Roy M. Brewer died a week ago in a Los Angeles suburb. He had ten grandchildren, and 20 great-grandchildren, and he was 97, so the ritual tributes of decent respect can be paid. But he did damage, and applied it as steadily as he knew how, and he was probably the second most important trade-unionist in the history of Hollywood. We'll come to number one before the end of what must be a brief obituary survey.
Brewer was born in Cairo, Nebraska, in 1909, the son of a blacksmith. He took up work as a movie projectionist in the days when that craft was close to art and danger (the film-stock was nitrate and it easily caught fire). He joined the projectionists' union and was promoted. And by 1945, he was leader of IATSE (the International Alliance of Theatrical Stage Employees and Motion Picture Machine Operators). This was a grab-bag union for just about anyone not covered by the craft unions (i.e. the writers, directors and actors). It covered theatre projectionists, studio laborers, set builders, carpenters and so on.
In theory, it had the interests of labour at heart in one of the most extravagant and profitable of American industries. But the history at IATSE was of leaders who had made their private deals with the studios - a practice later employed by the Teamsters - of getting "insurance" payments: for a consideration, there would be no strike. Over the years, two IATSE leaders had probably skimmed $15 million from the studios. Their names were George Browne and Willie Bioff and they both ended in prison. It was as part of the "clean-up" operation that followed that Roy Brewer came to Hollywood and took over.
No one ever accused him of personal corruption, but he had another angle. As a defender of organized labour, he decided that the Communists must be the defining enemy in the picture business. As the sucker who played right into his hands, just after the war, Herbert Sorrell was just trying to radicalize Hollywood unions as part of the new world order. Sorrell was certainly a leftist and he probably had naive Communist associations. But he thought he could mount a rival to IATSE, the Conference of Studio Unions, to get better terms. He was misguided enough to call for a strike, in 1945-6, which was gingerly supported by the leftist elements in the Writers' Guild and the Actors' Guild. There were pickets, charges, and there was violence on the streets and serious work stoppages. And there was Roy Brewer explaining to the American people that it was all the work of that terrible Red influence so notable in Hollywood movies.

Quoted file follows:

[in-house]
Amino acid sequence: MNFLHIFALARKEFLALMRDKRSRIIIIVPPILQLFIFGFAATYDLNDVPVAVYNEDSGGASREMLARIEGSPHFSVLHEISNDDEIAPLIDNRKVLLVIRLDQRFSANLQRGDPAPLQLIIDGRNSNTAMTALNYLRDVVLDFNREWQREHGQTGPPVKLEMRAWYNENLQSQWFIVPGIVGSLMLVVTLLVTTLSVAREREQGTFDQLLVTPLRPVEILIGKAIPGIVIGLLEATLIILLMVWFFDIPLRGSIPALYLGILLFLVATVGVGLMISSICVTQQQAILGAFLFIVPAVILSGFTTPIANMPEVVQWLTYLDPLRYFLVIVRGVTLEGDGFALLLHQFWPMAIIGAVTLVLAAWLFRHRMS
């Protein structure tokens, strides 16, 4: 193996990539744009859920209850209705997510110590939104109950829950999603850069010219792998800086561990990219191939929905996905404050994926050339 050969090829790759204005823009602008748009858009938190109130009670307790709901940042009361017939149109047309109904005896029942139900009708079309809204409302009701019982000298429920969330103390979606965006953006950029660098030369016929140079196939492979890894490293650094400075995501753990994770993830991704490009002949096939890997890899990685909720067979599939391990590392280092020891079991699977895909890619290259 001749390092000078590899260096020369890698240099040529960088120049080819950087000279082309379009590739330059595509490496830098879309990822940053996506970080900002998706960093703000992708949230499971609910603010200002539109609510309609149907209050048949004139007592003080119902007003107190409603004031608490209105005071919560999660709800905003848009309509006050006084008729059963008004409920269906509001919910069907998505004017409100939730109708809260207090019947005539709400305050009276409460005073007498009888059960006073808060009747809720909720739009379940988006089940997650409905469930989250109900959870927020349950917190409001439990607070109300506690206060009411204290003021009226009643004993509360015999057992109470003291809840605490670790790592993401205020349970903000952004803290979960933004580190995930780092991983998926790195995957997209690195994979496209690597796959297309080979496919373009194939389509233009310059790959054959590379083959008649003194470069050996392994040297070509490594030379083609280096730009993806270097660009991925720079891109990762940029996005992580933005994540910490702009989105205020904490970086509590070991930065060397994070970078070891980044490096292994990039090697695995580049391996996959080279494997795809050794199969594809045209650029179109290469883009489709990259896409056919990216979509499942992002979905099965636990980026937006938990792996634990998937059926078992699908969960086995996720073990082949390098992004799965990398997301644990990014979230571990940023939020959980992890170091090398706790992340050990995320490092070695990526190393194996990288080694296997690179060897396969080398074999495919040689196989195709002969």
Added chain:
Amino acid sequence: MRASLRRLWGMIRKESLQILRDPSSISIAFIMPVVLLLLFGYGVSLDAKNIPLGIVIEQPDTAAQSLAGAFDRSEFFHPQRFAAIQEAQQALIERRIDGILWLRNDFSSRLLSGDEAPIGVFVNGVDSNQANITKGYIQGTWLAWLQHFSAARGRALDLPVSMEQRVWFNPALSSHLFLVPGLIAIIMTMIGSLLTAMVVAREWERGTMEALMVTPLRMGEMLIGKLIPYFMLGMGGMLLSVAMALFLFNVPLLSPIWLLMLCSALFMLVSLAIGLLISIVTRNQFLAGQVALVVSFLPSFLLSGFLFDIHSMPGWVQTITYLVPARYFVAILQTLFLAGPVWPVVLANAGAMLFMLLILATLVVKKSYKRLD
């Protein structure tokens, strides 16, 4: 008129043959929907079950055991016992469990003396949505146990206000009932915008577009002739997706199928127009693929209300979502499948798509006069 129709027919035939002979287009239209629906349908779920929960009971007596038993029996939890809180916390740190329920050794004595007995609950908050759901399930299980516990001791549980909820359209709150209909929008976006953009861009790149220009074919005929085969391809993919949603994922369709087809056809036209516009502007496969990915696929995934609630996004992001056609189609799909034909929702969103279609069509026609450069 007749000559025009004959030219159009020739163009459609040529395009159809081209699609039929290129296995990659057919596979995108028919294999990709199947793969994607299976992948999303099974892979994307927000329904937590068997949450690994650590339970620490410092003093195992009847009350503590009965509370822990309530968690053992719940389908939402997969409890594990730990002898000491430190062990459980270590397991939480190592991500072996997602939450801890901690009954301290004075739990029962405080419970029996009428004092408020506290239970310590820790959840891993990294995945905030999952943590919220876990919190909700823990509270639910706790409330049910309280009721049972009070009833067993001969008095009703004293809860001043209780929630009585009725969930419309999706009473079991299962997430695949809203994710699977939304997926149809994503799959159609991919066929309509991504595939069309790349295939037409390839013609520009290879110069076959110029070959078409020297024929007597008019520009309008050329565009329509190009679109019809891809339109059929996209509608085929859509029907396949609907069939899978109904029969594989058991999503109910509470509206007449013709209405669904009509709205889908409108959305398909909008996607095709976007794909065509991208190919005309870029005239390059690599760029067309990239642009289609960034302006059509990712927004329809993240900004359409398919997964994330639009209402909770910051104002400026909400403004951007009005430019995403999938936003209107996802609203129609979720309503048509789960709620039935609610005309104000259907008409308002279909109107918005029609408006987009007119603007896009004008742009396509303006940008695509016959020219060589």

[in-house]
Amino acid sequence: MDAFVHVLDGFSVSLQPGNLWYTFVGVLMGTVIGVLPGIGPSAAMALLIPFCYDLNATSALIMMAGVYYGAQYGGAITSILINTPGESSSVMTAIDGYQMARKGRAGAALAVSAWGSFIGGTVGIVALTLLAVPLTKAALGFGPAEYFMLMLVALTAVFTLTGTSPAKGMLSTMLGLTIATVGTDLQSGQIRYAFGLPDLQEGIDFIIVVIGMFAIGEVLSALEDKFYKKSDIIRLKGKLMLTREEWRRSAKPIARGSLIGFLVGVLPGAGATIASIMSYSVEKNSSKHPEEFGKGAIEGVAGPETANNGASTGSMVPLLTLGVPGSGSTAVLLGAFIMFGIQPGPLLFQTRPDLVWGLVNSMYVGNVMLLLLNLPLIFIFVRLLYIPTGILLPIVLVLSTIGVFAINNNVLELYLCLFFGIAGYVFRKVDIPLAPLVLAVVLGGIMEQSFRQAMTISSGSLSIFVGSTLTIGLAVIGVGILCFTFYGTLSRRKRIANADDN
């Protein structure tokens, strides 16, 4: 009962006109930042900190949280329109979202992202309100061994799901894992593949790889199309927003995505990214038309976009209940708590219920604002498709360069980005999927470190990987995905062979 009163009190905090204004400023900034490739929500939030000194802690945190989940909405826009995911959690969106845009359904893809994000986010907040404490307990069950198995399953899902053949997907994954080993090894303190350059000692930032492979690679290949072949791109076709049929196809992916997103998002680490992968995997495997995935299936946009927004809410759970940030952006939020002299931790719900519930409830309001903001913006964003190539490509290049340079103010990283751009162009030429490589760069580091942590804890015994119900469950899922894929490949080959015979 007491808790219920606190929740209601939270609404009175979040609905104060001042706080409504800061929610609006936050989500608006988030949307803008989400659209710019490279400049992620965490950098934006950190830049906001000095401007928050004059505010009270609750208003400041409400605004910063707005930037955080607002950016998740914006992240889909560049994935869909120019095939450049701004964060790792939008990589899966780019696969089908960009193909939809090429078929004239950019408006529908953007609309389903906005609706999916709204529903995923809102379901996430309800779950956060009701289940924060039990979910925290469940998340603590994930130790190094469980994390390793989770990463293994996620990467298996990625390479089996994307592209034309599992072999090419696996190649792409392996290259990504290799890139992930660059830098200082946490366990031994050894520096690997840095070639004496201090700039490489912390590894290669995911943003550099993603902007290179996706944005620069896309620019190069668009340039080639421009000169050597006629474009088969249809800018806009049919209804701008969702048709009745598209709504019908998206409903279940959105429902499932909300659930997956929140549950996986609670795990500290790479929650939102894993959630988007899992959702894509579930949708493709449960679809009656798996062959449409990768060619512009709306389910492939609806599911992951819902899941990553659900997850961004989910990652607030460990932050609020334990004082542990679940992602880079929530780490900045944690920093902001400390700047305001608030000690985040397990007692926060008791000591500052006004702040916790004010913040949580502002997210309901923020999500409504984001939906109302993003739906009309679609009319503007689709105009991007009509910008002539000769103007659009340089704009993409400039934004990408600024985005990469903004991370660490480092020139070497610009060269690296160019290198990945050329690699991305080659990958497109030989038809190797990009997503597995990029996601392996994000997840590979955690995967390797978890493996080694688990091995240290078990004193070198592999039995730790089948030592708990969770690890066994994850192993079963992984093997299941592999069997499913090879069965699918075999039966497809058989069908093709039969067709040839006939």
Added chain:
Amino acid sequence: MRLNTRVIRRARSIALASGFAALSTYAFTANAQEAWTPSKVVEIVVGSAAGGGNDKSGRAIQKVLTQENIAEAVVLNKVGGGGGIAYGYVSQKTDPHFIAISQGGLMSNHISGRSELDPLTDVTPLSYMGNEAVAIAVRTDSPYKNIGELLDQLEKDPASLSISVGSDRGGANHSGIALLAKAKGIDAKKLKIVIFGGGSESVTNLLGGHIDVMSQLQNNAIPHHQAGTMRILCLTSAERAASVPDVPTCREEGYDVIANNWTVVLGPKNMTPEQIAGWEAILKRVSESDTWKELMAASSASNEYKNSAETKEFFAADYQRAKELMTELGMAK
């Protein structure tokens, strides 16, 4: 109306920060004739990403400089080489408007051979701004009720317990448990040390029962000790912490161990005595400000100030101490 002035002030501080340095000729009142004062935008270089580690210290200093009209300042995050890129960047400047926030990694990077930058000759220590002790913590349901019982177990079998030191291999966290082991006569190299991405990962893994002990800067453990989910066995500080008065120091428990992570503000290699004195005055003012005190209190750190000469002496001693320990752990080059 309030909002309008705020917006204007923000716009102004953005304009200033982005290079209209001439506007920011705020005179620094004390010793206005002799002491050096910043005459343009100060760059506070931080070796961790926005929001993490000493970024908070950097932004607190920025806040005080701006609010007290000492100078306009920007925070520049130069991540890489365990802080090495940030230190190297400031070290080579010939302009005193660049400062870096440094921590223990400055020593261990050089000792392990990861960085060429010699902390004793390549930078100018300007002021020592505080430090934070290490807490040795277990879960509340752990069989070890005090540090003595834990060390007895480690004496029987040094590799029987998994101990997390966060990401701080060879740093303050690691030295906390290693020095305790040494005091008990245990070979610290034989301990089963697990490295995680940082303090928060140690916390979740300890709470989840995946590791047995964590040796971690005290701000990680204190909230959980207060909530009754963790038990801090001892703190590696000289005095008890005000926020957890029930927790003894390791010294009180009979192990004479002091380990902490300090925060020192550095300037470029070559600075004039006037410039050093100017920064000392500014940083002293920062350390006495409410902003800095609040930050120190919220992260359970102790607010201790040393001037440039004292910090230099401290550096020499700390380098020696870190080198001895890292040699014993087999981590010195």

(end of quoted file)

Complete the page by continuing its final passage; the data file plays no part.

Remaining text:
That description was a travesty of the facts, but Brewer had powerful allies in Washington and the mood in America was paranoid. A year later, 1947, saw the first hearings on the motion picture industry by the House Un-American Activities Committee. And Roy Brewer was their earnest supporter. For the next ten years, without any other official position than his leadership of IATSE, he was the enforcer of the black-list. You couldn't work unless Roy put a tick against your name.
It was in 1947, too, that Ronald Reagan became president of the Screen Actors Guild - at which time, by his own admission, he was a Roosevelt liberal. Roy was one of the men who taught Ronnie the facts of political life, who swayed him to the right and persuaded SAG to keep quiet about some of its own members being put out of work.
Brewer's power went far beyond matters of access and negotiation. He began to be the man studios sought out to approve dangerous projects. For example, at Columbia in the late 1940s, the studio head Harry Cohn was proceeding with a project called The Hook - about labour conditions on the Hoboken waterfront - to be directed by Elia Kazan and written by Arthur Miller. There came the day when Cohn called the artists into his office to meet Roy. They discovered that Brewer had already read their work in progress.
As a waterfront expert, Miller had developed the idea that organized crime was behind the unions. Brewer was disappointed at this scurrilous tactic. After all, he said, everyone knew - didn't they? - that the real problem there was the Communist influence. So he had suggestions - scenes and dialogue - that the boys might appreciate, just to give the picture a chance of being approved. Miller left Hollywood and went back east.
Years later, Kazan made a waterfront movie - On the Waterfront - which makes it clear that it's the mob running the show. But Kazan had gone to HUAC in 1952 and named names, at a time when you might easily bump into Roy if you went to the HUAC offices.
People who knew Brewer said he was sincere and deeply afraid of Communism. Others said he was a political innocent in a position of great power. As much as anyone, he created the cold climate of those days and set the example - still there for nervous souls - that the U.S. is not the country in which you want to go against the grain.Reuse content